Tennis

Former NBA great Yao Ming addresses Peng Shuai, Beijing Olympics

Former NBA great Yao Ming said Monday he and others had a pleasant talk when they met last month with Chinese tennis player Peng Shuai, whose disappearance after making a sexual assault allegation against a former government official raised international concern.

Had 'pleasant chat' with Chinese tennis star after she made sex assault allegation

Yao Ming, president of the Chinese Basketball Association and ex-NBA player used stories and humour to deflect challenging questions at a Monday news conference to promote the Beijing Winter Olympics (Yew Lun Tian/Reuters)

Former NBA great Yao Ming said Monday he and others had a pleasant talk when they met last month with Chinese tennis player Peng Shuai, whose disappearance after making a sexual assault allegation against a former government official raised international concern.

He also said it is unfortunate Novak Djokovic won't play at the Australian Open because of his COVID-19 vaccination status. But Yao added he isn't qualified to judge Australia's pandemic policies.

Yao, who played for the Houston Rockets from 2002-11 and is now president of the Chinese Basketball Association, used stories and humour to deflect challenging questions at a news conference to promote the Beijing Winter Olympics, which open in 18 days.

Asked about China's relations with the U.S., which has announced a diplomatic boycott of the Beijing Games, Yao likened sporting and cultural events to the community temple gatherings he went to as a child in Shanghai.

"On that occasion, even with the neighbours I had bickered with, I would nod my head [in greeting]," he said. "Then we went on with whatever we needed to do. I think we need more of this kind of temple gathering."

He also called sports a bridge for communication, saying there are sometimes collisions on bridges, but "we hope we can keep the bridge."

Peng, who won Grand Slam titles in women's doubles, denied making the assault allegation to a Singapore newspaper on the same day photos of her with Yao and two former Olympians were posted on social media. The photos appeared to be part of a campaign to respond to international demands that Peng be allowed to talk freely about her situation.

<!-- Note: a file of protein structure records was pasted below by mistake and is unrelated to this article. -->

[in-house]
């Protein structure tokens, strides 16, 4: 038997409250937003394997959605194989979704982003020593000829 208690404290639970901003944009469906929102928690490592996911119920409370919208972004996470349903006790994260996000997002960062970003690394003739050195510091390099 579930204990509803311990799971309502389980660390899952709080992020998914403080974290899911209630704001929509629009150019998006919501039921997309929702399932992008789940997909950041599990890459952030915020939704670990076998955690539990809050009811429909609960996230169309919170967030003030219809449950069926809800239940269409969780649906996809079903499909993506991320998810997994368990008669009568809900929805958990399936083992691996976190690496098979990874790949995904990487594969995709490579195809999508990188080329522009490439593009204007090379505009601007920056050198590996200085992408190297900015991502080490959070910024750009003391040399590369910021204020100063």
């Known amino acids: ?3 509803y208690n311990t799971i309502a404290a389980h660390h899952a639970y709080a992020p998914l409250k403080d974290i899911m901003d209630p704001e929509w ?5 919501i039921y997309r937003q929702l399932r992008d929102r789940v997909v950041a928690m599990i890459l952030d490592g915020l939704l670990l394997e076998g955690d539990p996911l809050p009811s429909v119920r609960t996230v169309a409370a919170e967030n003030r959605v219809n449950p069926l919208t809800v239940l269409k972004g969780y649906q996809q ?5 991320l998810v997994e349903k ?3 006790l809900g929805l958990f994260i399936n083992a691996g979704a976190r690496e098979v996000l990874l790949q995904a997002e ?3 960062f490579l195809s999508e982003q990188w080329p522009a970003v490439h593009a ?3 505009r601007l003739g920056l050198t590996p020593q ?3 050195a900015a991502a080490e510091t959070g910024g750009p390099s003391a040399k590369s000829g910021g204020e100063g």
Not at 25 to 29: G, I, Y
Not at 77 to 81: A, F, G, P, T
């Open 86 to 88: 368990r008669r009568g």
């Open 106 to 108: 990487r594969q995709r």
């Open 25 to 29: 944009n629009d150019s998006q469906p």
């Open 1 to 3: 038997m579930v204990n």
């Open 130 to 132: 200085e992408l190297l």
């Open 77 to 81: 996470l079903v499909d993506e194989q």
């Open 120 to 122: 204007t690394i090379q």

WATCH | Breaking down diplomatic approaches to Peng Shuai saga:

Analyzing the geopolitical & commercial lines drawn regarding Chinese tennis player Peng Shuai

6 months ago
Duration 3:31
Professor and Director of Eurasian Sport at Emlyon Business School, Simon Chadwick, sits down with CBC Sports' Jacqueline Doorey to break down the diplomatic approaches related to the Peng Shuai saga.

Yao said he has known Peng for about 20 years. The four Chinese sports figures were photographed on an observation deck from where they watched a winter sports exhibition.

"We had a pleasant chat," he said. "We asked many questions about the game as we were not familiar with snow sports."

IOC pressured to move Games

At one point, it was unclear if he said Peng was OK. Some, including the translator for the news conference, heard her say "she was fine that day," but others thought Yao said, "we were all fine that day."

The International Olympic Committee, which has been pressured to move the Games from China because of human rights concerns, came under further fire after IOC president Thomas Bach held a video call with Peng. An IOC statement said that she assured Bach and others that she was well.

Regarding Djokovic, Yao said he is not familiar with Australia's pandemic measures, "so I'm not in a position to comment if he did right or wrong."

But, he said, "speaking as a former athlete, I think it's a pity for a player to lose such an opportunity and for the spectators to lose an opportunity to enjoy watching the player's skills."

The former Rockets centre also said he wants to invite Boston Celtics centre Enes Kanter Freedom, who has argued for a boycott of the Beijing Olympics, to visit China to develop a deeper understanding of the country. He said he couldn't comment on Freedom's position, but that "everyone receives information from different channels, and it may lead to different points of view."

Yao, who is 41, said society should embrace technology because it brings more convenience and promotes communication. But he started his answer by saying, "If you allow me to choose, I would rather go back to 10 years ago without these high technologies so I can move more freely."

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